A new study in JAMA Oncology questions whether the treatment administered to tens of thousands of women who are diagnosed annually with ductal carcinoma in situ (DCIS), a very early-stage breast cancer, actually improves their outcomes.
DCIS—also called Stage Zero breast cancer—is a condition in which abnormal cells build up in the milk duct's lining. Diagnoses of DCIS have increased significantly over the past few decades, and now make up nearly 25% of all cancer diagnoses made via mammography. About 60,000 U.S. women are diagnosed with DCIS annually.
Typical treatment for DCIS consists of getting rid of the small pieces of abnormal cells in the milk duct, just like a surgeon would remove polyps in a colon. But because DCIS has been thought to be a precursor to potentially fatal invasive cancers, women who are diagnosed with DCIS typically receive a lumpectomy, either with or without radiation. Others either have a mastectomy or double mastectomy, out of an abundance of precaution.
However, the study raises doubts about whether such treatments—which can come with physical and emotional costs—actually reduce death rates for women with DCIS.
For the study, researchers analyzed data from a national cancer registry on more than 100,000 women diagnosed with DCIS over a 20-year period. A majority of the patients underwent lumpectomies, while the rest mainly had mastectomies.
The researchers found that the women's likelihood of dying from breast cancer at 20 years post-treatment was 3.3%, regardless of what procedure they chose. That percentage is similar to the average woman's chance of dying from breast cancer, says Laura Esserman, a researcher at the University of California-San Francisco and co-author of an editorial accompanying the study.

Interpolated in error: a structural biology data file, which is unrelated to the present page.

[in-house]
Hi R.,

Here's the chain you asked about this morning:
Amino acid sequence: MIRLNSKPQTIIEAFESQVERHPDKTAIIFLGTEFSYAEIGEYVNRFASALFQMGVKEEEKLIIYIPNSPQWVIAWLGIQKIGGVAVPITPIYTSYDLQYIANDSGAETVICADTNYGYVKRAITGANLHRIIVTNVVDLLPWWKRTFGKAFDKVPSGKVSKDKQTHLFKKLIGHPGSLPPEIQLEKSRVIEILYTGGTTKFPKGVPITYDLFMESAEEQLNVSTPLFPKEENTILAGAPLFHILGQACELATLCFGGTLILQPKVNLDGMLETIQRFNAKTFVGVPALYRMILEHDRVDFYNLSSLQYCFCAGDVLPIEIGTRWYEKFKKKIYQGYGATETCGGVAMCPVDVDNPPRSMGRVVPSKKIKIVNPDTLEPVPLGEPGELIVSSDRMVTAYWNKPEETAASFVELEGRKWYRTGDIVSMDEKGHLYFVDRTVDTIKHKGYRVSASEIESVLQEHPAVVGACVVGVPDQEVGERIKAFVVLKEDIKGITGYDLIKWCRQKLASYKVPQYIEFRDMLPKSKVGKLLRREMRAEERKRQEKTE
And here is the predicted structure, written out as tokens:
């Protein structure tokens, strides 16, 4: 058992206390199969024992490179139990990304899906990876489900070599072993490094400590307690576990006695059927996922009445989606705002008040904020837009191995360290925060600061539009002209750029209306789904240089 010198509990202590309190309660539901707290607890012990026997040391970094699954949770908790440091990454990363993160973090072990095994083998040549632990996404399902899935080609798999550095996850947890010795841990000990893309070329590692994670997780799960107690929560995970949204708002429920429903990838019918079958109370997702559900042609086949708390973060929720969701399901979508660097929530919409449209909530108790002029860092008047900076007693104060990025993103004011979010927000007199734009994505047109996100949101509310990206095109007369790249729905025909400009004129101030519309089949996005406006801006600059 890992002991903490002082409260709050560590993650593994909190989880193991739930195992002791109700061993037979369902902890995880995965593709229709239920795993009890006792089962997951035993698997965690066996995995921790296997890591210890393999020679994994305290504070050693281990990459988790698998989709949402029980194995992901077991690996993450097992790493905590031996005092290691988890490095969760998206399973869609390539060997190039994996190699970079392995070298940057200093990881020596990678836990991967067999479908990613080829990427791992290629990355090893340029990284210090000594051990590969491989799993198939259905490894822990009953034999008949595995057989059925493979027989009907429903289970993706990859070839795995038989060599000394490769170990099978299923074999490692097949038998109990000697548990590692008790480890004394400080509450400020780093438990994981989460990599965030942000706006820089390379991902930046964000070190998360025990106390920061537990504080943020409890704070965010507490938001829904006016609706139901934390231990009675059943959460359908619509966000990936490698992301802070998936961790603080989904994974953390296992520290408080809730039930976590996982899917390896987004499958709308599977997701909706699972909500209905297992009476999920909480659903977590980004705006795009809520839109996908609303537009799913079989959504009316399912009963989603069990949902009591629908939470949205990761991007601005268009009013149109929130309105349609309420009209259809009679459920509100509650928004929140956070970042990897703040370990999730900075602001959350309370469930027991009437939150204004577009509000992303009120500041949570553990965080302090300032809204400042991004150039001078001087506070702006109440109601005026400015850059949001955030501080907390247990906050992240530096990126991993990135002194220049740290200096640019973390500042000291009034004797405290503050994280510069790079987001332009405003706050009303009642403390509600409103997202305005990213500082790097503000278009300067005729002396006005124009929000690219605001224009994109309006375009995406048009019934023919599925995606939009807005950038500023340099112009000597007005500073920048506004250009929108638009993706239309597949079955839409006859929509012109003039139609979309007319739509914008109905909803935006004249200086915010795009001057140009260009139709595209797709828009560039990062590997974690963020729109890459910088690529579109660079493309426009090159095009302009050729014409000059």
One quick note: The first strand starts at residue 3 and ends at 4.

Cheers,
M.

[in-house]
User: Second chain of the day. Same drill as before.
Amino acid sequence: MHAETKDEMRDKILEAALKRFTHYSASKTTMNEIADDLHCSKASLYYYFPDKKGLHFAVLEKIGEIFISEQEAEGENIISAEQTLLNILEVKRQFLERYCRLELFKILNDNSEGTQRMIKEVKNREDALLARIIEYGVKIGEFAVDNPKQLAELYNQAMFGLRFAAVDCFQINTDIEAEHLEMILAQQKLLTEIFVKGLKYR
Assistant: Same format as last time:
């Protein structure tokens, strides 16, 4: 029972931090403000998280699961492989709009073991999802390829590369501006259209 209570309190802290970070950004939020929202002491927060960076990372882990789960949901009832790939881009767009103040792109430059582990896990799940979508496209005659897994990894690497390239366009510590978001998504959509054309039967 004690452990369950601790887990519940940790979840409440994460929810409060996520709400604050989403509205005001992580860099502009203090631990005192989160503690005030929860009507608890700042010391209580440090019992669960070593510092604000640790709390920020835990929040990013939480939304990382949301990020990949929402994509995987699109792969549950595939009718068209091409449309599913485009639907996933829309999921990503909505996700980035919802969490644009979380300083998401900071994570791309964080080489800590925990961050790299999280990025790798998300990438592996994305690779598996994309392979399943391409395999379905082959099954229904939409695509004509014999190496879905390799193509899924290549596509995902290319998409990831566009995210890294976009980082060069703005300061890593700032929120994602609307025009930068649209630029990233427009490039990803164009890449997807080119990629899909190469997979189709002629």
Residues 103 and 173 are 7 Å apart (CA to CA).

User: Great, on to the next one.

However, the breast cancer death rate at 20 years post-diagnosis was higher among black women (7%) and women under age 35 (7.8%), the researchers found.
Findings add to debate
In the editorial accompanying the study, Esserman and her colleague Christina Yau argue that the findings represent a "compelling case" that it is "time for a change" in how DCIS is treated. They write that "much of DCIS should be considered a 'risk factor' for invasive breast cancer and an opportunity for targeted prevention."
And Barnett Kramer, director of the National Cancer Institute's division of cancer prevention, said the study provides "the type of evidence that builds the justification for less morbid treatment."
However, several physicians said that the findings should be interpreted with caution.
Otis Brawley, CMO at the American Cancer Society, says that treatment for DCIS has likely been excessive in some instances. However, both he and Monica Morrow, chief breast cancer surgeon at Memorial Sloan Kettering Cancer Center say that findings are not sufficient to cause physicians to treat DCIS differently than they currently do, with lumpectomies or mastectomies.
In order to better assess the efficacy of treatment, Brawley says researchers would need to conduct a large clinical trial that randomly designates women to mastectomies, lumpectomies, or no treatment for DCIS, and then compares their outcomes (Kolata, New York Times, 8/20 ; Koalata, New York Times, 8/20 ; Johnson/Eunjung Cha, Washington Post, 8/20; Mulcahy , Medscape, 8/20; Tanner, AP/U.S. News & World Report, 8/20).
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In 2013, Angelina Jolie Pitt started a national conversation about breast cancer prevention when she shared the details of her prophylactic double mastectomy in a New York Times op-ed. This spring, the famous actress penned another column, this time explaining her decision to have her ovaries and fallopian tubes removed.
The Daily Briefing's Dan Diamond sat down with Lindsay Conway, the Oncology Roundtable's managing director, to discuss actress Angelina Jolie's decision to remove her ovaries, two years after she underwent a preventive double mastectomy
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